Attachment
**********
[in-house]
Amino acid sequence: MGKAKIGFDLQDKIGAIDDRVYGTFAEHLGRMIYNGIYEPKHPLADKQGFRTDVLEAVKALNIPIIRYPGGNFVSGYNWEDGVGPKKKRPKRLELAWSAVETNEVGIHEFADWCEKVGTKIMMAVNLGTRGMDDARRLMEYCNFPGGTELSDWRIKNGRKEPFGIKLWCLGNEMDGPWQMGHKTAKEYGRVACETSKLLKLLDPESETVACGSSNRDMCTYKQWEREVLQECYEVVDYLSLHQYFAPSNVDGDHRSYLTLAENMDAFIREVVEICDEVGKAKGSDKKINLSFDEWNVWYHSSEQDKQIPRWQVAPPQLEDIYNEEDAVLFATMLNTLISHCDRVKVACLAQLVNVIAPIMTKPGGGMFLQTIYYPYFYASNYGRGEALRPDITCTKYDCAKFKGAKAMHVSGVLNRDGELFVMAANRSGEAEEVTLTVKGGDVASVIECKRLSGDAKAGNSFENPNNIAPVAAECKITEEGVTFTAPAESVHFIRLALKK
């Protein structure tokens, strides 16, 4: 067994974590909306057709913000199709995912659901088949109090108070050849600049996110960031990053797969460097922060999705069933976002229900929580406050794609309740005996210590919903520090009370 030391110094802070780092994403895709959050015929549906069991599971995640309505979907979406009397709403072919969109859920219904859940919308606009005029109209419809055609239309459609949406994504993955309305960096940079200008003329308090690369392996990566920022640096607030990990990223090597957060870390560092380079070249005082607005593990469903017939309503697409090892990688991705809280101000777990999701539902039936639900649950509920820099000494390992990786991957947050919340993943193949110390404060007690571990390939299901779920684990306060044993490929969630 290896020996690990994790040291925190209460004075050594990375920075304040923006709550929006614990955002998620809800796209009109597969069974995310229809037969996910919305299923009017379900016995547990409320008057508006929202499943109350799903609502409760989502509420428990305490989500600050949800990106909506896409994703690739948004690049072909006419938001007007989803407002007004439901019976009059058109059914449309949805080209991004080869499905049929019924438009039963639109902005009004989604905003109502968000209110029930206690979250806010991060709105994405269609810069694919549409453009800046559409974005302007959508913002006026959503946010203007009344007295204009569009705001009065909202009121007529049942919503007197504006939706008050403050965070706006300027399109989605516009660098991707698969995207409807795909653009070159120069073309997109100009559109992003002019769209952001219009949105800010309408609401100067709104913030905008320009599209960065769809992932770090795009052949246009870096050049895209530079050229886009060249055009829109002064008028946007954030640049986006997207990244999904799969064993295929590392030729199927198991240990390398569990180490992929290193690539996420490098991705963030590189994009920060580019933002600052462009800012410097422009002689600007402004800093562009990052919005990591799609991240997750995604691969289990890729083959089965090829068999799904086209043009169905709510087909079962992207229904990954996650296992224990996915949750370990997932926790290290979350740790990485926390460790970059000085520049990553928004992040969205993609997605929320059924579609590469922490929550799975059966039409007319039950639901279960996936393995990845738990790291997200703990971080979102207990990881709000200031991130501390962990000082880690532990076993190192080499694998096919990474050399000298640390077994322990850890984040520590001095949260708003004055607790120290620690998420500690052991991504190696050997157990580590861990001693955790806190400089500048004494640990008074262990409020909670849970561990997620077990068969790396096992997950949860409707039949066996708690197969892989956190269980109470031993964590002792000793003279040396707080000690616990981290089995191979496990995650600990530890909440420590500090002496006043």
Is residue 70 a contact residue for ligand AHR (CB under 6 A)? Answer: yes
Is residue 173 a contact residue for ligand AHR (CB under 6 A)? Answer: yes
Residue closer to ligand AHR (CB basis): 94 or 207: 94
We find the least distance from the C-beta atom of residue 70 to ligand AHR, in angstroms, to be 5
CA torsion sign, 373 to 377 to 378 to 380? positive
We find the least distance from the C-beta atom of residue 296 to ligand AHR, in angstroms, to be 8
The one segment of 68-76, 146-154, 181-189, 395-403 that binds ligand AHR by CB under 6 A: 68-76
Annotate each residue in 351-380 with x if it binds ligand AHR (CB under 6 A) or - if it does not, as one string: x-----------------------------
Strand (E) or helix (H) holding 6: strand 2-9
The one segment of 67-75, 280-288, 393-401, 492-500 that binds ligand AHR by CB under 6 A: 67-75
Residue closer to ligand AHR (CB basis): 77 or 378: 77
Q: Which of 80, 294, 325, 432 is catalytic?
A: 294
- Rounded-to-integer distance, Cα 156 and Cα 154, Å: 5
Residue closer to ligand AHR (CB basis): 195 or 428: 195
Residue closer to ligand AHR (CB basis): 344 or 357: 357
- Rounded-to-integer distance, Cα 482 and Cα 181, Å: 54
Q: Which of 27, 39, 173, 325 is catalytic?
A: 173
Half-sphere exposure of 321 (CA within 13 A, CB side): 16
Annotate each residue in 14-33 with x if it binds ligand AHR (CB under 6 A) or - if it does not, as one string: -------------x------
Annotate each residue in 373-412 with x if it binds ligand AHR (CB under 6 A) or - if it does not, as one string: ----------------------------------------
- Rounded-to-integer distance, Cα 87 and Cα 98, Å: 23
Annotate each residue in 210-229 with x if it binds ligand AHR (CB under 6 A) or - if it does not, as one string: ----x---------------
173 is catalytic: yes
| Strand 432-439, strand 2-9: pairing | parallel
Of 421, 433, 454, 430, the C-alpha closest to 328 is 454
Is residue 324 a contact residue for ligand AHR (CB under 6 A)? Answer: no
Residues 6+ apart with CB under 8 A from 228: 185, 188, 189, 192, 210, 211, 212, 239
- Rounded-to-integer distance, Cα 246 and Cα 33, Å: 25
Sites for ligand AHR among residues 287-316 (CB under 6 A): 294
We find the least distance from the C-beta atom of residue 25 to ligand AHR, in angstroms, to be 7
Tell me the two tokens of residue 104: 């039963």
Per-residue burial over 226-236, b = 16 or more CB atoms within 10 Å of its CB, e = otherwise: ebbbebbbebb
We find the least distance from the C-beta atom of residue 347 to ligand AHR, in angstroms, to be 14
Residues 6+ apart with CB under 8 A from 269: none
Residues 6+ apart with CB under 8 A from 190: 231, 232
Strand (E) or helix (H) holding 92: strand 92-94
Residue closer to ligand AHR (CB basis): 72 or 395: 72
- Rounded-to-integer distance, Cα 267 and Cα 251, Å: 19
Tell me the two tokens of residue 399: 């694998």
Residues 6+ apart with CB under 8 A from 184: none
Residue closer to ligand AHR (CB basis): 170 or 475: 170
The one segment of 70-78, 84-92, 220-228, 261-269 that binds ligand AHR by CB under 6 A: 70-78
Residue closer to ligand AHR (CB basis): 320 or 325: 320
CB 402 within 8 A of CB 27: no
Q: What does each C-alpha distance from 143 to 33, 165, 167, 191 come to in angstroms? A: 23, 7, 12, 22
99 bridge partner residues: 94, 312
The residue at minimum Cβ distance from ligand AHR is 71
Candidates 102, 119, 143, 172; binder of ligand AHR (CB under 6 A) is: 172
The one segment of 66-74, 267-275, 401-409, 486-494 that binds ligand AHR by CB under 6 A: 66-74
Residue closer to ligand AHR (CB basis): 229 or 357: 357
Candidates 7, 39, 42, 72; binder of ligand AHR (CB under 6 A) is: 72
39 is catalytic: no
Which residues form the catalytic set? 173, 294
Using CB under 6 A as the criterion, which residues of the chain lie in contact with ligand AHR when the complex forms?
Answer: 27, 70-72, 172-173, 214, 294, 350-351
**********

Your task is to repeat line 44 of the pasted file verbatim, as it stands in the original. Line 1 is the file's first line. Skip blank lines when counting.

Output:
Tell me the two tokens of residue 399: 């694998």